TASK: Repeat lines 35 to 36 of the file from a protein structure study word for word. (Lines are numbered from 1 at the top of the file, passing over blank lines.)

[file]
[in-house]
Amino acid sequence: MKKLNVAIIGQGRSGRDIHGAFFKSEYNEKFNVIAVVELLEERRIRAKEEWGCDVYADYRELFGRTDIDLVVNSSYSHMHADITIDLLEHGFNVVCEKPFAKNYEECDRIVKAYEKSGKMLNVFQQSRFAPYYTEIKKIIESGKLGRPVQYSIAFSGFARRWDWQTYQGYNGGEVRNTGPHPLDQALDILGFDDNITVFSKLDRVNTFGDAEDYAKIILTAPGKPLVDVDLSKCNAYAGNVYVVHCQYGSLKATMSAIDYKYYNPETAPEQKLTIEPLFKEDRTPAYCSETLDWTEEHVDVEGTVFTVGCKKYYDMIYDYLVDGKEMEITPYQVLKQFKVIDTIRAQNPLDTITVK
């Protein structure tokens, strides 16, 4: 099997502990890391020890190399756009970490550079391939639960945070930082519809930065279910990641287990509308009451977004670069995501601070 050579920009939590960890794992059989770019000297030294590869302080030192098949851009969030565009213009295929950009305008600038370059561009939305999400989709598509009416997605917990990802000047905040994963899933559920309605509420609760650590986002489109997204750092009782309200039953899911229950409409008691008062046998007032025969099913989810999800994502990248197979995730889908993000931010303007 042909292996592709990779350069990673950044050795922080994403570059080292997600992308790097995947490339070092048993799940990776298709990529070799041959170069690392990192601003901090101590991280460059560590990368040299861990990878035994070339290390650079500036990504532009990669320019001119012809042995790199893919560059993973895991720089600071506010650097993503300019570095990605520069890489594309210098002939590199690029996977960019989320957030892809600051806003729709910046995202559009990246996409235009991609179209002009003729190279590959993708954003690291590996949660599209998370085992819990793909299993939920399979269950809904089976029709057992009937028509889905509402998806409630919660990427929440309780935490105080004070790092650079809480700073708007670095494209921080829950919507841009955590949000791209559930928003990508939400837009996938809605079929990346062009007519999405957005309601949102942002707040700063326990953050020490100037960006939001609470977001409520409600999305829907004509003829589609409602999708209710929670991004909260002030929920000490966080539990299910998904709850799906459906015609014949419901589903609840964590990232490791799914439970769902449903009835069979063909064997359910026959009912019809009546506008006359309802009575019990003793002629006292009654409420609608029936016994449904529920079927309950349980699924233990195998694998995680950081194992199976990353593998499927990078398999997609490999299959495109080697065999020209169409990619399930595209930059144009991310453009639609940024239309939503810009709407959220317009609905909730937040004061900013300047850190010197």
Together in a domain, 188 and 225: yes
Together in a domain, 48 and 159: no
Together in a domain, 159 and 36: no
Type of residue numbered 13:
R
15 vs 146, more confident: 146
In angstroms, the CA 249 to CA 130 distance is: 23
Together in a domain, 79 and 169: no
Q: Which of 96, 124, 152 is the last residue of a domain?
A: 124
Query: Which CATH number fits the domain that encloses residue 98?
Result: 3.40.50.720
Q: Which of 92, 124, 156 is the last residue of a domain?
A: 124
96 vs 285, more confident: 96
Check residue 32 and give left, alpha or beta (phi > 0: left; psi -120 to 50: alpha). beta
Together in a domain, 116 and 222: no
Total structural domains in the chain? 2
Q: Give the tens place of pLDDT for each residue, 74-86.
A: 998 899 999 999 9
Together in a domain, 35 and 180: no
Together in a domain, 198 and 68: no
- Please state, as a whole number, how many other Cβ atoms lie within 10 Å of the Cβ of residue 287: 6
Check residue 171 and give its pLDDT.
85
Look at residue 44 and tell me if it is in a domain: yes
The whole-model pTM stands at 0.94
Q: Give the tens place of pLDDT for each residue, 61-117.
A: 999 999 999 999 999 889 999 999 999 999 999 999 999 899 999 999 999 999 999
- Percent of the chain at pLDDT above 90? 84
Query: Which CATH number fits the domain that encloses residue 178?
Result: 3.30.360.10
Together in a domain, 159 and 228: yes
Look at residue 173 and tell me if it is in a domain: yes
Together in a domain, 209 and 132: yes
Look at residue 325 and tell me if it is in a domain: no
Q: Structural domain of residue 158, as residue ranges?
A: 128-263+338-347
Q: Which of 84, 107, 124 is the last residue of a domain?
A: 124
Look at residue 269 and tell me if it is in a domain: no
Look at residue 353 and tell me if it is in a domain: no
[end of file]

Result: 3.30.360.10
Together in a domain, 159 and 228: yes